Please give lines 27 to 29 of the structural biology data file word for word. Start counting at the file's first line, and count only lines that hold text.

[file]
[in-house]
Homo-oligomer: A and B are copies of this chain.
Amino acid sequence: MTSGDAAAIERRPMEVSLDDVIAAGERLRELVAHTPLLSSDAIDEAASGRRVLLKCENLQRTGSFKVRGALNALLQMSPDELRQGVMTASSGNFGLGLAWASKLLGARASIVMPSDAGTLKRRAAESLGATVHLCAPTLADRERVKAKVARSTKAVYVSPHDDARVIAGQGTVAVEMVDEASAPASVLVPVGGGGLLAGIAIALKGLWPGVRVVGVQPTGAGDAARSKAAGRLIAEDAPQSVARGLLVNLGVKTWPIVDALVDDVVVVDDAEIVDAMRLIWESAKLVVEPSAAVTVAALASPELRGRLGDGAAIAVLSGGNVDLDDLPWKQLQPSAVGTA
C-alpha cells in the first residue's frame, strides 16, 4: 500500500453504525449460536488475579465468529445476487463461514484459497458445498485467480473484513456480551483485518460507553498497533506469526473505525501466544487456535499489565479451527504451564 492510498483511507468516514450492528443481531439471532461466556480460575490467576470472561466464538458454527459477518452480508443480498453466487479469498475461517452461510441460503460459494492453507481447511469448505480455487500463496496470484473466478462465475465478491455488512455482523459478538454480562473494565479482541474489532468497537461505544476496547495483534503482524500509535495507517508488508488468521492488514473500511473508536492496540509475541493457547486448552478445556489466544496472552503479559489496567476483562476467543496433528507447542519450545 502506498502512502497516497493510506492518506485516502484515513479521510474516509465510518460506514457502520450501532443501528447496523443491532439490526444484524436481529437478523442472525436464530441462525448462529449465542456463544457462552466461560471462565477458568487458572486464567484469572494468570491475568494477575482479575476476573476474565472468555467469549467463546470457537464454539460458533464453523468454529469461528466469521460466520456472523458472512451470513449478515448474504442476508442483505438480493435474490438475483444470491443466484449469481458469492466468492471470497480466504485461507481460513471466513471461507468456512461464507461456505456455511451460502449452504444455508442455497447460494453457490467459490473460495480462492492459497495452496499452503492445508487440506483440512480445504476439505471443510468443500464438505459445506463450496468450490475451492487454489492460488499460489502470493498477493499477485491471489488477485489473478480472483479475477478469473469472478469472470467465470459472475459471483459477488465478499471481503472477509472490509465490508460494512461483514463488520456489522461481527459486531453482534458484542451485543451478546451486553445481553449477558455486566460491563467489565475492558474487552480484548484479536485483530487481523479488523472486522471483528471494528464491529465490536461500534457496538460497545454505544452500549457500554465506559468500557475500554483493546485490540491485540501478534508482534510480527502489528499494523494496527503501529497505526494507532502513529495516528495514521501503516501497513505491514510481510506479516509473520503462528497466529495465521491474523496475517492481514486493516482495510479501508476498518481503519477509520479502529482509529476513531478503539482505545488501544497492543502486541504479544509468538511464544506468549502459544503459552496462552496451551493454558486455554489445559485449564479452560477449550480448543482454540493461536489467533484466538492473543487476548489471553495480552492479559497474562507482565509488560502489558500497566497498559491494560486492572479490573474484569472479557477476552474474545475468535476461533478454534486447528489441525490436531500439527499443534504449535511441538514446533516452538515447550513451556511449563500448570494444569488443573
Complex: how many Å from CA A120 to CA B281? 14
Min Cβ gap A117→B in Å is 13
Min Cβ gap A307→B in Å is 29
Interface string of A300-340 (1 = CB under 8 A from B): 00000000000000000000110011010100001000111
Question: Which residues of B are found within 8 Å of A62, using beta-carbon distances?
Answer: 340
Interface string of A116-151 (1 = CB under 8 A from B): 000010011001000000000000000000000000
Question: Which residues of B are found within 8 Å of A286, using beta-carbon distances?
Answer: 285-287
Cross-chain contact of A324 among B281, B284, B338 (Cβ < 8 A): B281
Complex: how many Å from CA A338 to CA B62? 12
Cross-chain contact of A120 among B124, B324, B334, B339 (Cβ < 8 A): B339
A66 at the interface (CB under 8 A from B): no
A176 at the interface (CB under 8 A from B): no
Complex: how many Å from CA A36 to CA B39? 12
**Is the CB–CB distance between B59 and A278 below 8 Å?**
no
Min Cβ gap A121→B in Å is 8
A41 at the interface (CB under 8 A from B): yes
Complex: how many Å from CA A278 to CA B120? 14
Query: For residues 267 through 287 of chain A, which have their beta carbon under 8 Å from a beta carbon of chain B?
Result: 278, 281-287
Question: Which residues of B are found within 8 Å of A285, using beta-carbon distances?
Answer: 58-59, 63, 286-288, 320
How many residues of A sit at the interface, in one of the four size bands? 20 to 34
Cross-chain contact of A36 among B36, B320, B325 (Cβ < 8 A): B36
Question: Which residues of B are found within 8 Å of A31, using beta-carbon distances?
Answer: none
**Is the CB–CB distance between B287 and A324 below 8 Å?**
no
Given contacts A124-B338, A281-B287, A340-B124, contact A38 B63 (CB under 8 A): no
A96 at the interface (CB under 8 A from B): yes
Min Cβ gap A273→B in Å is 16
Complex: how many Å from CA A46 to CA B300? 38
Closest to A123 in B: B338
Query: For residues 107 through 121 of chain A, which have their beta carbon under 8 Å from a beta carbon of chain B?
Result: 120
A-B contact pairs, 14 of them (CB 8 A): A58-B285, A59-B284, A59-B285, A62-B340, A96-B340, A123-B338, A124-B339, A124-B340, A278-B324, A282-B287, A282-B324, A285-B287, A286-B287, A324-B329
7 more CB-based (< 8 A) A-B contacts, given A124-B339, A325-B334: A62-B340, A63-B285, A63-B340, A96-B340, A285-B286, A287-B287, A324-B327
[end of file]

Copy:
Question: Which residues of B are found within 8 Å of A285, using beta-carbon distances?
Answer: 58-59, 63, 286-288, 320
How many residues of A sit at the interface, in one of the four size bands? 20 to 34